ATLANTA -- Although the Brewers will re-evaluate the status of Yovani Gallardo's sprained left ankle again on Thursday, the club is doubtful the right-hander will make his next scheduled start on May 25 against the Marlins in Miami.
"Unless he really heals fast, I don't know if he's going to be able to do it," manager Ron Roenicke said. "Tomorrow, we'll probably know a little bit more. He's got to be a lot better tomorrow if he's going to do this.
Gallardo will probably not throw his next bullpen session, which is scheduled for Thursday at Turner Field. However, the Brewers want to see how Gallardo's ankle responds to more treatment on Wednesday before saying anything definite.
Although Gallardo said his ankle felt worse on Wednesday, none of the soreness or stiffness he has experienced is unexpected. Gallardo is eager to make his next start, and is even open to taking the hill on Sunday without throwing a bullpen session if possible.
"I'm going to do everything I can to go out there and take the ball," Gallardo said. "… I'm going to get as much treatment as I can and get back out there."
Should Gallardo not take the hill for his turn at Marlins Park, Milwaukee anticipates it will be the lone start the right-hander will miss. The Brewers have no plans to send Gallardo to the disabled list.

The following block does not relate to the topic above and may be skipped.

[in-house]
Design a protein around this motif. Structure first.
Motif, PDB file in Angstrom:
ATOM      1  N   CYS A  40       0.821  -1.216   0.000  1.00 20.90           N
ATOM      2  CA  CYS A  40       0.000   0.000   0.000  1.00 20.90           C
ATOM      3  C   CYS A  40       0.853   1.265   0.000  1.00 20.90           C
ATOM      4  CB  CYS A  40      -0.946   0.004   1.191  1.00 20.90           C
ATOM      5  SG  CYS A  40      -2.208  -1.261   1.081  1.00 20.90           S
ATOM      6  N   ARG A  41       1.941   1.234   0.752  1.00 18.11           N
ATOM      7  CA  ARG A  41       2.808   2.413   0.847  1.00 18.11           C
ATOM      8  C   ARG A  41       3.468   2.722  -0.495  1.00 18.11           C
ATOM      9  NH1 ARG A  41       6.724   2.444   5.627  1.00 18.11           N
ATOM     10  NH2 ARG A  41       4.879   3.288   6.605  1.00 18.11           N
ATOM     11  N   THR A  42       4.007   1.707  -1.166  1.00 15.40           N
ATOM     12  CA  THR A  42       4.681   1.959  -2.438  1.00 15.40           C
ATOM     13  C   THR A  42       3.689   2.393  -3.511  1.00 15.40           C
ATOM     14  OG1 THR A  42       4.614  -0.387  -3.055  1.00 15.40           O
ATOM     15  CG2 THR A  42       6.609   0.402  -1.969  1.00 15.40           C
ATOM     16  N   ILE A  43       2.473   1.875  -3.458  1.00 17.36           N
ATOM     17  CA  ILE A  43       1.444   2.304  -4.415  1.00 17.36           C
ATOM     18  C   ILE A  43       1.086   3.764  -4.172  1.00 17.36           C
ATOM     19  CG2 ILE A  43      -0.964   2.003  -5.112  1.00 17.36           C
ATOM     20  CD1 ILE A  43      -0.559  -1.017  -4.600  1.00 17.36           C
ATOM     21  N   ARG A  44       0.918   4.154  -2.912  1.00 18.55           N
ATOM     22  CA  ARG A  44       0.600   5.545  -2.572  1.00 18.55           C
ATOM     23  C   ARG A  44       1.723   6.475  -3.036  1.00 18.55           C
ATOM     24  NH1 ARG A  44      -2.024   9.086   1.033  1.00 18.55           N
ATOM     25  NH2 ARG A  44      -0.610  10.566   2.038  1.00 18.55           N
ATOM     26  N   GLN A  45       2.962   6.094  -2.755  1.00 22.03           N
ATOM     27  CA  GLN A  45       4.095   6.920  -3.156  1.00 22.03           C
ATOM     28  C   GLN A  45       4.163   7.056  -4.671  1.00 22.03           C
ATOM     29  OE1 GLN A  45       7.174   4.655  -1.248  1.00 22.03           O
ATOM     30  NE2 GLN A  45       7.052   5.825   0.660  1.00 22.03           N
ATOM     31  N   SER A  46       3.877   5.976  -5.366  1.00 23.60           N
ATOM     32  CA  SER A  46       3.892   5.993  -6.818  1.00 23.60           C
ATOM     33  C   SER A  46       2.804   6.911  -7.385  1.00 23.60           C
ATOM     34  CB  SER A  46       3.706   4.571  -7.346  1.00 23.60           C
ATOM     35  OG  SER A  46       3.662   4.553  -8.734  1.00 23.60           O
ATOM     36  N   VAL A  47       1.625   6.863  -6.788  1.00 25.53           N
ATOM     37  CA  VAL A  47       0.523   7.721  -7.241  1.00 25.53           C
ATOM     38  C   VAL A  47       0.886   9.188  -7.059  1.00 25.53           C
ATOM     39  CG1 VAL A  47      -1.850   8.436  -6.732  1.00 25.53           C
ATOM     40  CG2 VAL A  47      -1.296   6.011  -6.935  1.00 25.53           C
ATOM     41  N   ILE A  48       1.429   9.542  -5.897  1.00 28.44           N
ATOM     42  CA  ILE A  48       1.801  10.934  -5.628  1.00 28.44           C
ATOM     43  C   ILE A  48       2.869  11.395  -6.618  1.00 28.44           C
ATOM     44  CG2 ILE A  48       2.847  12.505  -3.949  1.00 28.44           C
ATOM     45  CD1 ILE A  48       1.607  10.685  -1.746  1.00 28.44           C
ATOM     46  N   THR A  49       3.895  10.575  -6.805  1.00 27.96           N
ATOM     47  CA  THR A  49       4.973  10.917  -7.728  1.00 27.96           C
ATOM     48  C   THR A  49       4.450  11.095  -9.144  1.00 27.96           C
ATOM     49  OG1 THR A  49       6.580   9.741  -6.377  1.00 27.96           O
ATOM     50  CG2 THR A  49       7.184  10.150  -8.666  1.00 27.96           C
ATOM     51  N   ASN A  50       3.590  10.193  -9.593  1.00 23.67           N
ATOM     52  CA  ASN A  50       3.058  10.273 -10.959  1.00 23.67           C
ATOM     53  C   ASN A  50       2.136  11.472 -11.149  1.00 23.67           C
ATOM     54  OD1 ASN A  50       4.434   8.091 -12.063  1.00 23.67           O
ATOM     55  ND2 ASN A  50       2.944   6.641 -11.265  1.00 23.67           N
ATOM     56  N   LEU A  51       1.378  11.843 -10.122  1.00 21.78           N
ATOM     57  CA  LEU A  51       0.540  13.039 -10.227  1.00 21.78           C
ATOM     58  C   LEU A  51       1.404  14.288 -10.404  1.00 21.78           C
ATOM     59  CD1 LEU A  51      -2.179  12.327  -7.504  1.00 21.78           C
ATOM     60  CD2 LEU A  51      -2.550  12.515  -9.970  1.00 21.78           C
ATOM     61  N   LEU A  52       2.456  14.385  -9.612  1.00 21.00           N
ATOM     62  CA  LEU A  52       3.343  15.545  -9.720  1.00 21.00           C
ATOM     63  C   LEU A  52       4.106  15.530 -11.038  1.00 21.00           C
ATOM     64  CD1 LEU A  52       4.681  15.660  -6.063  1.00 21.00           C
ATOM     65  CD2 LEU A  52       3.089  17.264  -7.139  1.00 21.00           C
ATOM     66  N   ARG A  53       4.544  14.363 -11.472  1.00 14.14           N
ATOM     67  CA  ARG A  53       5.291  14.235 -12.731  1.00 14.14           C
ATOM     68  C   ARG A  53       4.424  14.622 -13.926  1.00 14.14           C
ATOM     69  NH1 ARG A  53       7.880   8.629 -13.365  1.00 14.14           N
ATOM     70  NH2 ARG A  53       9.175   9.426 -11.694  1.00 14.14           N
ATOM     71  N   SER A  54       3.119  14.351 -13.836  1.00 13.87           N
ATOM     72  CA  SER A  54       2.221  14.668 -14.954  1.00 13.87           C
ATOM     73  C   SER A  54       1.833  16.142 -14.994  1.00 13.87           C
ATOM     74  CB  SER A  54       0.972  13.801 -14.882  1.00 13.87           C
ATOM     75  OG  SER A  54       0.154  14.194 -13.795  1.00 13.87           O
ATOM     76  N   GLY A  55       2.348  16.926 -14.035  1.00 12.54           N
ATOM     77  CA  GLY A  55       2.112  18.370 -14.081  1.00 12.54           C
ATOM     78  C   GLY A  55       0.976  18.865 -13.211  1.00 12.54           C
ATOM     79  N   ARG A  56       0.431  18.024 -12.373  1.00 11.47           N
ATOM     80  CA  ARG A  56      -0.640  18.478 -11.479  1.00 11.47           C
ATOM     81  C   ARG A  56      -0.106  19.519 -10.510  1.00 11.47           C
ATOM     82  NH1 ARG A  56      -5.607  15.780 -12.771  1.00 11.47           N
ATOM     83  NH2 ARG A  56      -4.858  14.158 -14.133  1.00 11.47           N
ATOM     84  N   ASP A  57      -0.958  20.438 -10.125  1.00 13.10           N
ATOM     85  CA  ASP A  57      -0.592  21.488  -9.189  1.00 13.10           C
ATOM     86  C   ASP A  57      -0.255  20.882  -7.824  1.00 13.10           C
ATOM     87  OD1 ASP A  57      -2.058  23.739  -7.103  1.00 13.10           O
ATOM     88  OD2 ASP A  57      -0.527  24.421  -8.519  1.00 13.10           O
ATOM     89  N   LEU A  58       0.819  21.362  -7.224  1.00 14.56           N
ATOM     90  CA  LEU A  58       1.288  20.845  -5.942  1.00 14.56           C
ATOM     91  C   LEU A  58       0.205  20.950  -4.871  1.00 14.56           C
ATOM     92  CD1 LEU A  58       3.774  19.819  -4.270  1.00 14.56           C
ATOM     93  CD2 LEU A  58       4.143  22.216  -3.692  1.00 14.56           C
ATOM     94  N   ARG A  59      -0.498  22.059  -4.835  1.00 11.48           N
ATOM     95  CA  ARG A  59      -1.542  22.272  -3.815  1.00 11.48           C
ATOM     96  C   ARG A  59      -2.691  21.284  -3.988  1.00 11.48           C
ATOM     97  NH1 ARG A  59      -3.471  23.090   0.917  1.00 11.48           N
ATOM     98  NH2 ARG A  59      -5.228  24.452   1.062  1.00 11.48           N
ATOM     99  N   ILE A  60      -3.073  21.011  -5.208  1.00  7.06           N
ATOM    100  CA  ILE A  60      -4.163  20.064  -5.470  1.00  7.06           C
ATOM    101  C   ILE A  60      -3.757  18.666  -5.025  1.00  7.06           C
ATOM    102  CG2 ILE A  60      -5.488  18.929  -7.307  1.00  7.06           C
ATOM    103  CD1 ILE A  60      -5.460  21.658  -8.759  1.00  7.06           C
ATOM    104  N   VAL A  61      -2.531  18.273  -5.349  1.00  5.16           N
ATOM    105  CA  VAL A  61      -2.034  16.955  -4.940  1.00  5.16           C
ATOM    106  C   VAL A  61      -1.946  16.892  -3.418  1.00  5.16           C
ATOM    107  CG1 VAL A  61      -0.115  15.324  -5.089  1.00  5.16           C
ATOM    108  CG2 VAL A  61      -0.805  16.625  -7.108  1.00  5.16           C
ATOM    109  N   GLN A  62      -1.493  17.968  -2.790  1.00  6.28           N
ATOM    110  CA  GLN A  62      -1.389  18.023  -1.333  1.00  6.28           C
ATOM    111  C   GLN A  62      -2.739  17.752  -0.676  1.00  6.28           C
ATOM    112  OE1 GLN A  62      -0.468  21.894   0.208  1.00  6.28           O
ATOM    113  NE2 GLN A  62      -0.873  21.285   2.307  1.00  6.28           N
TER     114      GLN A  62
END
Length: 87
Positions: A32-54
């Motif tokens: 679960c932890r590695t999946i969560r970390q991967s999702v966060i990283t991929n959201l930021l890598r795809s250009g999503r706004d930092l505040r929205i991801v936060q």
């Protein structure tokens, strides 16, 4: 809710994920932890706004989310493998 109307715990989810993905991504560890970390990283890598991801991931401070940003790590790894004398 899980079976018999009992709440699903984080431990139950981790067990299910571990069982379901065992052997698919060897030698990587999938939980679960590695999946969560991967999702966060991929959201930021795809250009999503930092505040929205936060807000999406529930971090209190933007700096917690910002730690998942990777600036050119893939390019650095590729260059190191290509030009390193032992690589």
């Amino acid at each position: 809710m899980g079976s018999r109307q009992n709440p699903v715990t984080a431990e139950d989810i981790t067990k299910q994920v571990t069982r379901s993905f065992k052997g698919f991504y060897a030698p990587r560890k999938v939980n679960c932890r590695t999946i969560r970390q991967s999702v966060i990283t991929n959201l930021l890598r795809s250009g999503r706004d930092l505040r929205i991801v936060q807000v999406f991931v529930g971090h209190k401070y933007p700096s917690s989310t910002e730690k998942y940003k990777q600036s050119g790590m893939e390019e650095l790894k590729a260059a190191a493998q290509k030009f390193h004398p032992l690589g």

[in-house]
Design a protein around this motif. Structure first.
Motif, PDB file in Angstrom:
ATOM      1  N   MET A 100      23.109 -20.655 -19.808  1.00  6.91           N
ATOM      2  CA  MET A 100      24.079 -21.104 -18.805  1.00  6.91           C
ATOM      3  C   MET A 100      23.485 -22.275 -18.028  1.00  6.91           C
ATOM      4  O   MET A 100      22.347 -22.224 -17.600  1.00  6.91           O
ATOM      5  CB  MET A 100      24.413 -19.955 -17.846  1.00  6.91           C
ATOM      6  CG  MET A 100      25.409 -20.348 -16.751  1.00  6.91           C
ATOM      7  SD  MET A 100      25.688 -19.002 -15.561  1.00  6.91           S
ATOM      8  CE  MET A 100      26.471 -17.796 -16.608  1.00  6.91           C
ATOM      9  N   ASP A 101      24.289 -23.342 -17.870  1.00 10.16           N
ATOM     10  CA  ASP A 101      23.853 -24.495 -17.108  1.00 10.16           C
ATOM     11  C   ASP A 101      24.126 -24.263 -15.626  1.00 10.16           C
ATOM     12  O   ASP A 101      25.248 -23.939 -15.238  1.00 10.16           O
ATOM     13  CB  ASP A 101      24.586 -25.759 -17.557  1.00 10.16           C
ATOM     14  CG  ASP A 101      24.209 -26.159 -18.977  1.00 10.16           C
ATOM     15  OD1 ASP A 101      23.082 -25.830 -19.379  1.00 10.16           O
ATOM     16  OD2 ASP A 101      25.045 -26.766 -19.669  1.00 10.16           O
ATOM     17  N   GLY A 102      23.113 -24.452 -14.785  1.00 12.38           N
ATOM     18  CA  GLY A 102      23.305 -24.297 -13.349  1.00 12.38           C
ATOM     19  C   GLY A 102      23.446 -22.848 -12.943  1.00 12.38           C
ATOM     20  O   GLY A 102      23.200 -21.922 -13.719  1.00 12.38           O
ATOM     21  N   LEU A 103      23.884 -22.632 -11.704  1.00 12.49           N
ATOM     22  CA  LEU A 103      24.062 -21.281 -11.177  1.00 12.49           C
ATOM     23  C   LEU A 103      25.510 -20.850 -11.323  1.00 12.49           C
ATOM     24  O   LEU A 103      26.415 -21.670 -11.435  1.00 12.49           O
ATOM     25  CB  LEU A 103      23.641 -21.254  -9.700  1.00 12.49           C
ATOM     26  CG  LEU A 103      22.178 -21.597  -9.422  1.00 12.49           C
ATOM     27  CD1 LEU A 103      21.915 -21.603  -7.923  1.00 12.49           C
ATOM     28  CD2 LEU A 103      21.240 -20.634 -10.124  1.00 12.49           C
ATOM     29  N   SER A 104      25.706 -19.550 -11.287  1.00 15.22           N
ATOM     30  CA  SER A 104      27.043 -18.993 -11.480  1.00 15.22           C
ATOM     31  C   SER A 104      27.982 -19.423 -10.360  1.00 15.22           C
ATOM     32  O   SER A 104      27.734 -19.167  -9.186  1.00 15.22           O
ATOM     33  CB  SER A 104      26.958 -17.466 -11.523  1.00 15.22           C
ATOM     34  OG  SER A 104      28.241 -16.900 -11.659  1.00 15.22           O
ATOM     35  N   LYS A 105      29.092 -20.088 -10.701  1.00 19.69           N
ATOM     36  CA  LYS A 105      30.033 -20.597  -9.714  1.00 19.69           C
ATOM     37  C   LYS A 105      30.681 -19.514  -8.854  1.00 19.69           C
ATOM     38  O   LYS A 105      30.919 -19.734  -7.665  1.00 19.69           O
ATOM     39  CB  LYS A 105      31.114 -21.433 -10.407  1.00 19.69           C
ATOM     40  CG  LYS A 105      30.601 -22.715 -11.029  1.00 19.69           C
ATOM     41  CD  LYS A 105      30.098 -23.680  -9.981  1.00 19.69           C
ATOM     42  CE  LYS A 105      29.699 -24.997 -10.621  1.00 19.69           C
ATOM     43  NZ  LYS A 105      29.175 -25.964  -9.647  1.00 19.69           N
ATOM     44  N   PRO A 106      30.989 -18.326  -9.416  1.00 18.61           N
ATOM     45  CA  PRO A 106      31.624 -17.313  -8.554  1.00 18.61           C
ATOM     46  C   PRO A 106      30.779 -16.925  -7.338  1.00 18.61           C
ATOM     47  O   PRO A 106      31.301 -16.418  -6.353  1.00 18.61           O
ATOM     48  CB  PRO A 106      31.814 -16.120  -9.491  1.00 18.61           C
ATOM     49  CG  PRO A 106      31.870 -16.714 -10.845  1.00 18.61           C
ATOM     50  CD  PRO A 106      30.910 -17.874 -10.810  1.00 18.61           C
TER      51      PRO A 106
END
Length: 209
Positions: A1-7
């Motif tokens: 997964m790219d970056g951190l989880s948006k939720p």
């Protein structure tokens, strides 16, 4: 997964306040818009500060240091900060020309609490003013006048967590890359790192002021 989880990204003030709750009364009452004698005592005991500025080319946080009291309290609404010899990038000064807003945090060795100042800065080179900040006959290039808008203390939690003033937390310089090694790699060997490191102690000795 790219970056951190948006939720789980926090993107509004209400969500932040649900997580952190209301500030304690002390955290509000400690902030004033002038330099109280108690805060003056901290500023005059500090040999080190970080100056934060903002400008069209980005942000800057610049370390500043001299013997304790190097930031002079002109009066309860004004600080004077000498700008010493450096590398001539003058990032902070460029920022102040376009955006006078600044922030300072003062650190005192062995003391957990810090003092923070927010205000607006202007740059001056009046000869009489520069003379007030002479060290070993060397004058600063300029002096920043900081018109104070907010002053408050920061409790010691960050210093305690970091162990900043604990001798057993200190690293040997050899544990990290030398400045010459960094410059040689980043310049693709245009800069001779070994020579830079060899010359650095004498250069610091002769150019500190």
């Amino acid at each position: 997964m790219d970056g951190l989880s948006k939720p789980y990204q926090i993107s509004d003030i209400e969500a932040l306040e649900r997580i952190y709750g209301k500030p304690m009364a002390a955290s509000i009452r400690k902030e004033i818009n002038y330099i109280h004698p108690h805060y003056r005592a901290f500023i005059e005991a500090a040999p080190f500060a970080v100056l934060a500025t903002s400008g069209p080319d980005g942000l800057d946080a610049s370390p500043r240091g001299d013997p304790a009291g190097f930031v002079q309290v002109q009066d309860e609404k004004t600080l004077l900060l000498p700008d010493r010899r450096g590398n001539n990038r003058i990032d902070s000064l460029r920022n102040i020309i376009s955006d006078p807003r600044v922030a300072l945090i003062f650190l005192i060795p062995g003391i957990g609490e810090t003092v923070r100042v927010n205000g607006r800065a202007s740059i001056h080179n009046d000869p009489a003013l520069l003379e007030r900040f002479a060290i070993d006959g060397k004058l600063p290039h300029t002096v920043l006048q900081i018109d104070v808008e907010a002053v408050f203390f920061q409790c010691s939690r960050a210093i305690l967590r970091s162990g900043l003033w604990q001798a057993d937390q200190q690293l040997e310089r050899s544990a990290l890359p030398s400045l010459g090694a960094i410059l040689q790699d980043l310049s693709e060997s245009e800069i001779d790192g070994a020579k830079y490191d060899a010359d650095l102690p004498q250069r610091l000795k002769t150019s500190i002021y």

"It doesn't sound like it would be longer than one start," Roenicke said. "We'll just have to figure who it will be if he can't do it."
One option is righty Tyler Thornburg, who threw 49 pitches during 3 2/3 innings in relief of Gallardo on Tuesday night against the Braves. Thornburg is stretched out following that long relief outing, and he owns a 2.28 ERA in 22 appearances.
However, with a bullpen hampered by injuries to left-hander Tom Gorzelanny and right-hander Jim Henderson, Roenicke is wary of simply plucking the reliable Thornburg from that stable of arms for four days following his hypothetical start.
"That was part of the reason why he pitched that extra inning yesterday," Roenicke said. "But when you do that, it really disrupts your bullpen. I don't know if right now we can afford to disrupt that bullpen that much."
Injuries and a 4.19 staff ERA through the first 18 games of May have helped Roenicke appreciate the Brewers' 2.82 ERA through the club's first 28 games.
"It doesn't take much," Roenicke said. "That's why we try to be so careful with those guys, because one disrupted outing and it really makes it hard on the others."
Joe Morgan is an associate reporter for MLB.com. This story was not subject to the approval of Major League Baseball or its clubs.